The story of the Universities' Mission to Central Africa,
from its commencement under Bishop MacKenzie, to its withdrawal from the Zambesi.
London, Saunders, Ottley, 1866
The Universities' Mission to Central Africa (c.1857 - 1965) was a missionary society established by members of the Anglican Church within the universities of Oxford, Cambridge, Durham, and Dublin. It was firmly in the Anglo-Catholic tradition of the Church, and the first to devolve authority to a bishop in the field rather than to a home committee. Founded in response to a plea by David Livingstone, the society had two major goals: to establish a mission presence in Central Africa, and to actively oppose the slave trade.
To advance these goals, it sought to send a mission led by a bishop into Central Africa; Charles Mackenzie was duly consecrated in 1860 and led an expedition in 1861 up the Zambezi into the Shire Highlands. This first expedition was more or less disastrous. The area chosen as a base, near Lake Nyasa (Lake Malawi), proved highly malarial; Bishop Mackenzie died there of the disease on 31 January 1862, along with many local people and three others among the tiny missionary party.
First edition. 8vo. xii, 493 pp., 22 pages of ads dated 1866 at end, 2 maps, 8 plates, illustrations in text, original green blindstamped cloth gilt, gilt roundel to uppper cover, lightly soiled, neatly recased.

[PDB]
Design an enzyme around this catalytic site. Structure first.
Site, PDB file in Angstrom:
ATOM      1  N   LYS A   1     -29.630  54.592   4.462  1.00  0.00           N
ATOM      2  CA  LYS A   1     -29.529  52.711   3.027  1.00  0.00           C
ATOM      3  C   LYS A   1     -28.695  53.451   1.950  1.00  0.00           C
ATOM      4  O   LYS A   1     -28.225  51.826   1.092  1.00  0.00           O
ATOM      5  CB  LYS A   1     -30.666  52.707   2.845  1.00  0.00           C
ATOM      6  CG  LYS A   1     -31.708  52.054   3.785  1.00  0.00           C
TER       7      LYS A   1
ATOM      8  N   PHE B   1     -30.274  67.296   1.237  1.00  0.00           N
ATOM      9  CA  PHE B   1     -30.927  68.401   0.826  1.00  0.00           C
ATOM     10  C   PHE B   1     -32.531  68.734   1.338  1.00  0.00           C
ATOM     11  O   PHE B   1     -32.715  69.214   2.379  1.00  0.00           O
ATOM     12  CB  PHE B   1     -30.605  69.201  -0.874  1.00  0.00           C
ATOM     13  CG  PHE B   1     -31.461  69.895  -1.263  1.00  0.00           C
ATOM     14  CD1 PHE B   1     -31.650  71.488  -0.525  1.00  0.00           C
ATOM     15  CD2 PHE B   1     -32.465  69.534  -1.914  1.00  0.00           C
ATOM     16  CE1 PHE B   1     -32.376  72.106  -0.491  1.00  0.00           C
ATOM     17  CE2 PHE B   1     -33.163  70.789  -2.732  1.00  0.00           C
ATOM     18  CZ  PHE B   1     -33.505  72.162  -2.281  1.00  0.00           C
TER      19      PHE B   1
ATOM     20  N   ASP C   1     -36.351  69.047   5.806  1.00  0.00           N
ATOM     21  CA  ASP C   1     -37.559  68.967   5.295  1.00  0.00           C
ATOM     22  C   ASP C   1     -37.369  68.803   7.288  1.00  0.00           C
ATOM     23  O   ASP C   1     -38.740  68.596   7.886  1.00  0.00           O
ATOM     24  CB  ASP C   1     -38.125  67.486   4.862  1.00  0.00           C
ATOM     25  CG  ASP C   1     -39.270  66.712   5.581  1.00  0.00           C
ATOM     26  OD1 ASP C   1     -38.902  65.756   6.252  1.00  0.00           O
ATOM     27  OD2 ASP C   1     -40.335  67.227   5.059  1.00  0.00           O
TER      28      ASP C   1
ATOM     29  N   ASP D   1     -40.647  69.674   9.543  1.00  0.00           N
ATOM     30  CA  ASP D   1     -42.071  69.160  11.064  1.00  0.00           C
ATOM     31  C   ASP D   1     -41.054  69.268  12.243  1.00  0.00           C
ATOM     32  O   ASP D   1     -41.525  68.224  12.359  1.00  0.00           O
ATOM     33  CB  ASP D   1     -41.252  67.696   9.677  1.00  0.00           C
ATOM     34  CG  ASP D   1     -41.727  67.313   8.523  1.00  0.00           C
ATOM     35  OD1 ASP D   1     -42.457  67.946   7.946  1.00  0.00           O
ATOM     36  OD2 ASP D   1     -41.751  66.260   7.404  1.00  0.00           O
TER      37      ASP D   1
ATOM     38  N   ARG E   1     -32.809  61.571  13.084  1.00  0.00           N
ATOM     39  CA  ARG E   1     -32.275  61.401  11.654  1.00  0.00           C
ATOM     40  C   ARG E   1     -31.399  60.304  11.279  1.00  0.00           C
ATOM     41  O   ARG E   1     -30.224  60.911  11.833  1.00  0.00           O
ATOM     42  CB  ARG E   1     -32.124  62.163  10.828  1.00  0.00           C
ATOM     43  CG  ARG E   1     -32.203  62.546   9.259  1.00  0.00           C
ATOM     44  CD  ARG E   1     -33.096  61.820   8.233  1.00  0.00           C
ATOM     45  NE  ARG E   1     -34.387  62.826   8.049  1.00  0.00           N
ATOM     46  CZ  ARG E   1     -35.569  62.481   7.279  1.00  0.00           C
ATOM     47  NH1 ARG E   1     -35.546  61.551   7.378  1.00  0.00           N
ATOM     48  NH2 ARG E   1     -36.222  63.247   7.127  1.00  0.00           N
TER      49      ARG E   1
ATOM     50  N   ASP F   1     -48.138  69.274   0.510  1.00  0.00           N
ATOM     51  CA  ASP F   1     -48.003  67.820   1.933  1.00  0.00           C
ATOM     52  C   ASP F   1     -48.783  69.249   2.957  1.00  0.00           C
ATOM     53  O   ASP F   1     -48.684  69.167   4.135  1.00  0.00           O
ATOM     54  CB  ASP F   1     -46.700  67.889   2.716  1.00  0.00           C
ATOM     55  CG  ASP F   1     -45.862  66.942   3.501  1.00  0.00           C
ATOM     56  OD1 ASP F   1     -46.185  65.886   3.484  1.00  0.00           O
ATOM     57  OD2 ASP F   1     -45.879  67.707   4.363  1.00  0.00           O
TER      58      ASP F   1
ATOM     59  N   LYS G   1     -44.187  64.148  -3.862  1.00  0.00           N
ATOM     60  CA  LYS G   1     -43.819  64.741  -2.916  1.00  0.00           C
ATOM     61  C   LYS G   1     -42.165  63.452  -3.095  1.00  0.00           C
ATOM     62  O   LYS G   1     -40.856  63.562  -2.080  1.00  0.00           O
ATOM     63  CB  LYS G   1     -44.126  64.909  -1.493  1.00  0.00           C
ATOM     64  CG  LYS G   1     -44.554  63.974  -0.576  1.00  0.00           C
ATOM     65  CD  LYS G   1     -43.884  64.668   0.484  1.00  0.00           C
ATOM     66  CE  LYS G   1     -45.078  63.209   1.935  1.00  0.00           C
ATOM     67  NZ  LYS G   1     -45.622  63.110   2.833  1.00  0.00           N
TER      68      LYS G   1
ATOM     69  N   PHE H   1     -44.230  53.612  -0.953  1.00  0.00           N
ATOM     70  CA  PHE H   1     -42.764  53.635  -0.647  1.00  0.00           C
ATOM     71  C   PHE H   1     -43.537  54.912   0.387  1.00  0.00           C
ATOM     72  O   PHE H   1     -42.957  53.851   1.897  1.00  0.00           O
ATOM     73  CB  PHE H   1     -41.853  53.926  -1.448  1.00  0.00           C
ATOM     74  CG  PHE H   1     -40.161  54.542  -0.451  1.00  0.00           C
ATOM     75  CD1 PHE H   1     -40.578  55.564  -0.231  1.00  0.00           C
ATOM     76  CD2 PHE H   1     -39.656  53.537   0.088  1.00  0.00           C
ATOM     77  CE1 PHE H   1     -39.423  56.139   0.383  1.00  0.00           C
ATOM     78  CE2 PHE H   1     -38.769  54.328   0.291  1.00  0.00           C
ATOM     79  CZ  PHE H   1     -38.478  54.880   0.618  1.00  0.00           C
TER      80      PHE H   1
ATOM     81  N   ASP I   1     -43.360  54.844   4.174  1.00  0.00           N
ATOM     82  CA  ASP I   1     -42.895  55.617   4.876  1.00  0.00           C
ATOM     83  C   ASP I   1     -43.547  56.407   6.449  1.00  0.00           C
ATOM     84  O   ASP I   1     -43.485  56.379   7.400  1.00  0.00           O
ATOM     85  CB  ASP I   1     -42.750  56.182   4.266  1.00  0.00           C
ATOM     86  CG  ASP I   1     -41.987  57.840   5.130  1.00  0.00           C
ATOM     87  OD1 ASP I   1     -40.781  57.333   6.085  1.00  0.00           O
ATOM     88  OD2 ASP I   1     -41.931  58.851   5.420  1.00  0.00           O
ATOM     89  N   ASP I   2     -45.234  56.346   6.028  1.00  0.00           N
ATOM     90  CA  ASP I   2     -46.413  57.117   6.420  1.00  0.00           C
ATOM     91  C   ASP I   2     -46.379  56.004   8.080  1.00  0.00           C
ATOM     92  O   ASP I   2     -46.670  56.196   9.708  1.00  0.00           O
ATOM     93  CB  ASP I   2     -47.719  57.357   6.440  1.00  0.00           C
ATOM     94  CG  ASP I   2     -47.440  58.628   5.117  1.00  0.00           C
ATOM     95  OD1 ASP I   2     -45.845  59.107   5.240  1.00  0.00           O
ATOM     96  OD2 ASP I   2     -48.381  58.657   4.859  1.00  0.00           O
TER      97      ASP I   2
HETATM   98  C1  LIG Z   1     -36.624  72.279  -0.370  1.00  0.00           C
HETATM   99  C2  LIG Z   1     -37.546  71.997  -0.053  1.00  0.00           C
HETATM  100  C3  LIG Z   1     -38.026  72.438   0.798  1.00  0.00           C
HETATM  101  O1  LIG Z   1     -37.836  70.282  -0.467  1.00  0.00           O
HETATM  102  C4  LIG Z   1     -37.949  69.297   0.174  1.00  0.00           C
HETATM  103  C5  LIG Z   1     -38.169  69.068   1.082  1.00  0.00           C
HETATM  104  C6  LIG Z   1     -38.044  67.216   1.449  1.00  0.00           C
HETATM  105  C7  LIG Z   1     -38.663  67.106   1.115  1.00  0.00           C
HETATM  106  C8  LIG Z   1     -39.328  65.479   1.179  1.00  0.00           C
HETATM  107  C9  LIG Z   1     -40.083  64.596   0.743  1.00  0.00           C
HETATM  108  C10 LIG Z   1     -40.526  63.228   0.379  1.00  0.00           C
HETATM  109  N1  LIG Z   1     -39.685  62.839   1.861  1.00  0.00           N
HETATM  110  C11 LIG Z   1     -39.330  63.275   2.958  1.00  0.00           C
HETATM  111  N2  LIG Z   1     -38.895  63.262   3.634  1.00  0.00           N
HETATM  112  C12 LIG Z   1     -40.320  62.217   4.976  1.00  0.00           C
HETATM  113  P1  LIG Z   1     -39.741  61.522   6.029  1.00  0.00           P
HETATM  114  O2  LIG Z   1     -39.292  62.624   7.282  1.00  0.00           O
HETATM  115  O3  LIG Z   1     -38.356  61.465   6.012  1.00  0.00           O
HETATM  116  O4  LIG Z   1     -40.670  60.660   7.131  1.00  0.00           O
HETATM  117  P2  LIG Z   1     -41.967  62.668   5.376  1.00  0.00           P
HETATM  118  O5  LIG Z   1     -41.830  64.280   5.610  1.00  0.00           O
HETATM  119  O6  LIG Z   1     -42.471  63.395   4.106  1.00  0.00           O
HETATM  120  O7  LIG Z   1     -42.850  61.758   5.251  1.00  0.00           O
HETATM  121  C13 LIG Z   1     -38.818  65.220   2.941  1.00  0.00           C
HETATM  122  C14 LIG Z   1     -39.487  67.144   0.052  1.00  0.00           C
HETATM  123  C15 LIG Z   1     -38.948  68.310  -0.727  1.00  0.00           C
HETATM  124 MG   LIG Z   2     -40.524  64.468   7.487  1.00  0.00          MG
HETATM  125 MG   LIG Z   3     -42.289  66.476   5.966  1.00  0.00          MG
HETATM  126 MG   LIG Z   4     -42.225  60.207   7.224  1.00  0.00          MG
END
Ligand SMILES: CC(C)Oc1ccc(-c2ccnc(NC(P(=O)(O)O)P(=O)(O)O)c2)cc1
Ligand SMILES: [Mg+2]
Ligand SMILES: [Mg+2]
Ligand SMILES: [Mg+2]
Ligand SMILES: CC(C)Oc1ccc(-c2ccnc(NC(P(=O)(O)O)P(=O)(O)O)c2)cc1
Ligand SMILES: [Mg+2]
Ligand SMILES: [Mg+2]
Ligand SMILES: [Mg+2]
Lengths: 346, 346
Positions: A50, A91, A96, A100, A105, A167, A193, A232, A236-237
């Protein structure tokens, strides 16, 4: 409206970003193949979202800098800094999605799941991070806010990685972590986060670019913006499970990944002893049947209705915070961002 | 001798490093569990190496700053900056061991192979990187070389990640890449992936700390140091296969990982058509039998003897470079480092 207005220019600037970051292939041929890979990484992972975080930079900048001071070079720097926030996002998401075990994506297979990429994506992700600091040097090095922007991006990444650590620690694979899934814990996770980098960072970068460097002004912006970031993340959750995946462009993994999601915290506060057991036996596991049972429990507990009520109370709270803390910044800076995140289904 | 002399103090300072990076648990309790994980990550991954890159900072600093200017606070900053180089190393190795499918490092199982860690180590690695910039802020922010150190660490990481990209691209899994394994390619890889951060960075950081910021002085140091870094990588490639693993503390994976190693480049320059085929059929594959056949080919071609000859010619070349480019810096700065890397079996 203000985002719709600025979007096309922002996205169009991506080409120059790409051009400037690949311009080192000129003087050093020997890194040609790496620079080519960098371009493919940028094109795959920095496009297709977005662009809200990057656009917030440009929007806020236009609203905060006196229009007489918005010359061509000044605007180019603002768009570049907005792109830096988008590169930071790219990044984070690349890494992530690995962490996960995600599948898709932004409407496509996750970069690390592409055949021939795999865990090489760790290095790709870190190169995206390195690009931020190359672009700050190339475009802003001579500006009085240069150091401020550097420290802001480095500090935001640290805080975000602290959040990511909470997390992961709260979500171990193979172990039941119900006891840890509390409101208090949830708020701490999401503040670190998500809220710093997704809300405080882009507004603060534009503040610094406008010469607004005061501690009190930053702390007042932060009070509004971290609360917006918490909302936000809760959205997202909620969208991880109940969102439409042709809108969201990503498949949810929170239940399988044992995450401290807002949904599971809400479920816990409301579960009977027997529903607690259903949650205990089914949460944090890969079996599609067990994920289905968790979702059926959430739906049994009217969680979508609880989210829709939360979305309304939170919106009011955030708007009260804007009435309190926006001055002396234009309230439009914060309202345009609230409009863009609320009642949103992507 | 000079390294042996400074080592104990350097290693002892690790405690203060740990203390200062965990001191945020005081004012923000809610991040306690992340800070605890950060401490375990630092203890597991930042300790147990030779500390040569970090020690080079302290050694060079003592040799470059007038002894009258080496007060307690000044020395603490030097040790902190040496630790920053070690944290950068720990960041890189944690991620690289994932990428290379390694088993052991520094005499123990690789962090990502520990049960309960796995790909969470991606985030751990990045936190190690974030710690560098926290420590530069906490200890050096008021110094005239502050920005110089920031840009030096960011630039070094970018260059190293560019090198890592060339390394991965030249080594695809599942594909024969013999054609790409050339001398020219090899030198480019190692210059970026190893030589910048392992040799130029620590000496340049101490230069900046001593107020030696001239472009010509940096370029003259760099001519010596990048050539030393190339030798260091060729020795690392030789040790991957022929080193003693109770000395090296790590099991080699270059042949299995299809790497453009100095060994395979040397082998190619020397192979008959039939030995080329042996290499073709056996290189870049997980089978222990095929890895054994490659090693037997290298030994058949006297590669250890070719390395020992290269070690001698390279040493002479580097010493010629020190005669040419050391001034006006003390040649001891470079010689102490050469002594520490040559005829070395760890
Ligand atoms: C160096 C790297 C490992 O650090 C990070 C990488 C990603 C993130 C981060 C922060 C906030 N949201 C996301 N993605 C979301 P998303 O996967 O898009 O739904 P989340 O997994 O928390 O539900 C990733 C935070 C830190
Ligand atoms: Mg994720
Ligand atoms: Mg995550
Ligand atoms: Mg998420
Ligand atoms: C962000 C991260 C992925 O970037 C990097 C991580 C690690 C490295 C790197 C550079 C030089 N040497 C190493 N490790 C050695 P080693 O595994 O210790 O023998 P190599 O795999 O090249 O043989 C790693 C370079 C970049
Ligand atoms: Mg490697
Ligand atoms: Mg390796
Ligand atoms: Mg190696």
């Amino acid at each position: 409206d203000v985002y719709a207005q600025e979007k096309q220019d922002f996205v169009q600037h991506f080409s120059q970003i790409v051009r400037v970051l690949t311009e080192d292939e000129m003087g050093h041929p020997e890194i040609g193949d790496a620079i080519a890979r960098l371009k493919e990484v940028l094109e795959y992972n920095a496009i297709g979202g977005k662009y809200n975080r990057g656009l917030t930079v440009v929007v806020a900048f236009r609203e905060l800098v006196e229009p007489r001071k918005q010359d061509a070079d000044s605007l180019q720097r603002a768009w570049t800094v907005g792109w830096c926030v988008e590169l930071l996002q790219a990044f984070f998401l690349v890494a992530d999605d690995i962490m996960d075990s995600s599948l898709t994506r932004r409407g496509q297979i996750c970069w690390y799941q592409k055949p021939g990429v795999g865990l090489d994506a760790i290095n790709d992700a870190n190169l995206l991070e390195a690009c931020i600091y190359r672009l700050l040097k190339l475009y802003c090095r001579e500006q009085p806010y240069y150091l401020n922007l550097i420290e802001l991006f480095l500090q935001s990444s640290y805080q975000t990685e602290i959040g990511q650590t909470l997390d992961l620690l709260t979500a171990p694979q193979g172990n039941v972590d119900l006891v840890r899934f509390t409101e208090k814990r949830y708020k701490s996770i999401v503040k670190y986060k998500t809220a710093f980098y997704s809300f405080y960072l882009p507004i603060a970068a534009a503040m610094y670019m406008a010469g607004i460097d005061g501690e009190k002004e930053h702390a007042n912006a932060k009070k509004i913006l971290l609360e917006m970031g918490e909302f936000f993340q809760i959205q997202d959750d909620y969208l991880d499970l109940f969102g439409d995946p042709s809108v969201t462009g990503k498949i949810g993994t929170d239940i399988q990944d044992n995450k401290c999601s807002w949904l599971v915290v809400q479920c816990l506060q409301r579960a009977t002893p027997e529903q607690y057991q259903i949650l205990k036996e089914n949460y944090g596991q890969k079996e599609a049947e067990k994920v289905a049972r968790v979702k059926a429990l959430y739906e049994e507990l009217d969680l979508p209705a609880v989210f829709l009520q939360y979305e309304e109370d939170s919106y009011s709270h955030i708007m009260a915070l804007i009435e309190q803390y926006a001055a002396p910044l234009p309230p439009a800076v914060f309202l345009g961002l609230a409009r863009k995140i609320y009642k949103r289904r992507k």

We offer secure and express delivery on all local and international orders of rare books, maps and prints placed through this website.
Shapero Rare Books is an internationally renowned dealer in antiquarian & rare books and works on paper.
Our Bookshop and Gallery can be found in the heart of Mayfair at 106 New Bond Street, where most of our stock is available to view and on public display.
We exhibit at major international art fairs, including TEFAF (Maastricht and New York), Frieze Masters, Art Miami and Masterpiece London, as well as antiquarian & rare book fairs including New York, Paris, London, Los Angeles, San Francisco and Hong Kong.